A long, long time ago in an article far, far away, I introduced the concept of the ‘Communications Hierarchy’ which inscribed certain degrees of emotional commitment to each form of contemporary communication, ranging from group emails and direct messages to conference calls and face-to-face meetings. What was made readily apparent was that the more intimate the form of communication, the better it was for securing business and building rapport.
If it isn’t obvious from the title, you should know that I am a staunch proponent of talking to clients and customers over the phone. Yes, email and text messages are often significantly faster, but the written word (outside of novelistic expressions) will always fail to grasp the full inflection, subtle cues, mannerisms and hidden desires of the opposite party. Importantly, the 21st century has seen the proliferation of these digital forms of communication, therein making phone calls rarer by comparison.
And this presents an opportunity for you. The more atypical voice channels become, the more their use stands to separate you from the pack, whether it’s a direct sales call, connecting with a reservationist or following up on a service request. Their relative scarcity nowadays will make people feel validated, especially if you work tactfully to develop a rapport.
While in-person conversations are still the foremost way to reach a meeting of the minds, the telephone is the next best thing. Hearing customers speak will allow you to learn things about them that electronic messaging channels can never provide. This as well as other abovementioned reasons explain why voice reservations have the highest satisfaction rate still to this day.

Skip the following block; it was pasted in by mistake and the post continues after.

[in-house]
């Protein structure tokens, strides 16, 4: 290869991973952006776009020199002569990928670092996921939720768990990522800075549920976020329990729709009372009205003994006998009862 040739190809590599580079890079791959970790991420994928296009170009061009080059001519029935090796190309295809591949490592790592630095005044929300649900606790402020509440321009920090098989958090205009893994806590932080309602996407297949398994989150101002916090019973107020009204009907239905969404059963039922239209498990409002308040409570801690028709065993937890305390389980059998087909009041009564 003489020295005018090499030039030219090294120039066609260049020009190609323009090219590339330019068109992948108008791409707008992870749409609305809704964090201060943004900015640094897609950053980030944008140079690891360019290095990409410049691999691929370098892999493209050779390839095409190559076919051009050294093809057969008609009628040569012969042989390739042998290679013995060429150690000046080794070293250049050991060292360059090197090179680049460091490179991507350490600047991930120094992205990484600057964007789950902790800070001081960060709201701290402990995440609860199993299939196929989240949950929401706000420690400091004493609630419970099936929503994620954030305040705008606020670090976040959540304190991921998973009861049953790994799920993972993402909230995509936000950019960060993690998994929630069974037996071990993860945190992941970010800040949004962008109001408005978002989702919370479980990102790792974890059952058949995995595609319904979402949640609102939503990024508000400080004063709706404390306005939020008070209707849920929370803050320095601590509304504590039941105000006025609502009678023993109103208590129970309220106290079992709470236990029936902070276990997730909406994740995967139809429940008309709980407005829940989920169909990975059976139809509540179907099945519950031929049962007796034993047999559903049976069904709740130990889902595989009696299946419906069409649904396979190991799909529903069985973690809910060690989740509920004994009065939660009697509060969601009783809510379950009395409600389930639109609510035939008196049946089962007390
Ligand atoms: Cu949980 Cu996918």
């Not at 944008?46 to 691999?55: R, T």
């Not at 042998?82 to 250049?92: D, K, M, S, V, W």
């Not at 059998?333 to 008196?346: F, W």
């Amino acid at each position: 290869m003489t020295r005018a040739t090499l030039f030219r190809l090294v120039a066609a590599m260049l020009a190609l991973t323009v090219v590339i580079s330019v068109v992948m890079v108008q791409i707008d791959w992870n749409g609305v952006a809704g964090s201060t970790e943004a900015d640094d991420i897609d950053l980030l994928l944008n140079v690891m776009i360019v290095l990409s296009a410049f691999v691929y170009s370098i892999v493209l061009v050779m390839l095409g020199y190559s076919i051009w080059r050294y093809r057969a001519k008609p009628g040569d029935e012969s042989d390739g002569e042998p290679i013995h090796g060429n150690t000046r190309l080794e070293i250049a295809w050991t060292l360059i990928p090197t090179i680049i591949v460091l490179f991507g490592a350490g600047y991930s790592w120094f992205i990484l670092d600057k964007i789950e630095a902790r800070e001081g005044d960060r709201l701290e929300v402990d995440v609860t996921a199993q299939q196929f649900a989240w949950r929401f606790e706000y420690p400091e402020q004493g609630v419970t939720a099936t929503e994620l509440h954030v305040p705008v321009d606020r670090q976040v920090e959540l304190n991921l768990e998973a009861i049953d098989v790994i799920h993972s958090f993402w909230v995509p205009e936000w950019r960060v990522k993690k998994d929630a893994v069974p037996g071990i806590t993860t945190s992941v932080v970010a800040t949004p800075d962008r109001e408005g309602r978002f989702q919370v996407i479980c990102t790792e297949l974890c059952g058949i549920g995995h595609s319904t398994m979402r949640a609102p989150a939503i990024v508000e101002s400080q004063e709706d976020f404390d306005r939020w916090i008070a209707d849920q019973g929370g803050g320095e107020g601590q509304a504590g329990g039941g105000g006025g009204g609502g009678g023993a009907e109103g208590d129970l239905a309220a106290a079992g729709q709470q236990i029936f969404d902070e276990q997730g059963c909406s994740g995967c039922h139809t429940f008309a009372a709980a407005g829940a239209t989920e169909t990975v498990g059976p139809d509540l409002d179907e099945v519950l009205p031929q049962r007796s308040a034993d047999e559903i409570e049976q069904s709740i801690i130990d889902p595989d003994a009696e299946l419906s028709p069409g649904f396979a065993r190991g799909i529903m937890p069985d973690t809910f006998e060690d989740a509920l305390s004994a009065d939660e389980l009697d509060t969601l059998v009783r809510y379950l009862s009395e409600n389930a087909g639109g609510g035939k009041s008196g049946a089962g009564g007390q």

But in order to have voice channels perform optimally, here are a few suggestions:
- Timing is everything. You must train staff to judge the best time of day to call and to not be annoying in this regard. Calls first thing in the morning will be dismissed in favor of organizing one’s day, whereas calls during dinnertime are considered as particularly rude. Frequency is likewise to be kept at a minimum.
- Inquire about the best time. People are always busy, or at least they’ll say they have more pressing matters to attend to. No worries; simply ask them when is a more appropriate point for a chat and try to firm up a specific time.
- Voice mail is your elevator pitch. In a large number of cases, your first call will get the answering machine. Do not despair; this is your time to shine. Have a prepared speech ready and practiced that is personable and delivered with candor. Don’t overstay your welcome either; keep it under 30 seconds.
- Call then email then call again. Rather than sound off the elevator pitch when you hit voice mail, send off with an email stating that you will call again at a certain time, keeping the ball in your court while being firm yet respectful with your follow up.
- Ending with a new age marketing term, this describes the process of pursuing inbound calls that don’t result in direct sales. While you don’t want to be an interloper, persistence is nevertheless a virtue. If you are forthright and earnest when returning an inbound call, you stand a much better chance of converting it into a sale.
I hope these tips illustrate how viable the voice channel can be if you use it correctly. After all, hospitality is still about people connecting with other people, and in this age where texting is the norm and it’s hip to be retro-chic, picking up the telephone is now more lucrative than ever.
(Article by Larry Mogelonsky. Published by HotelsMag on January 22,2016)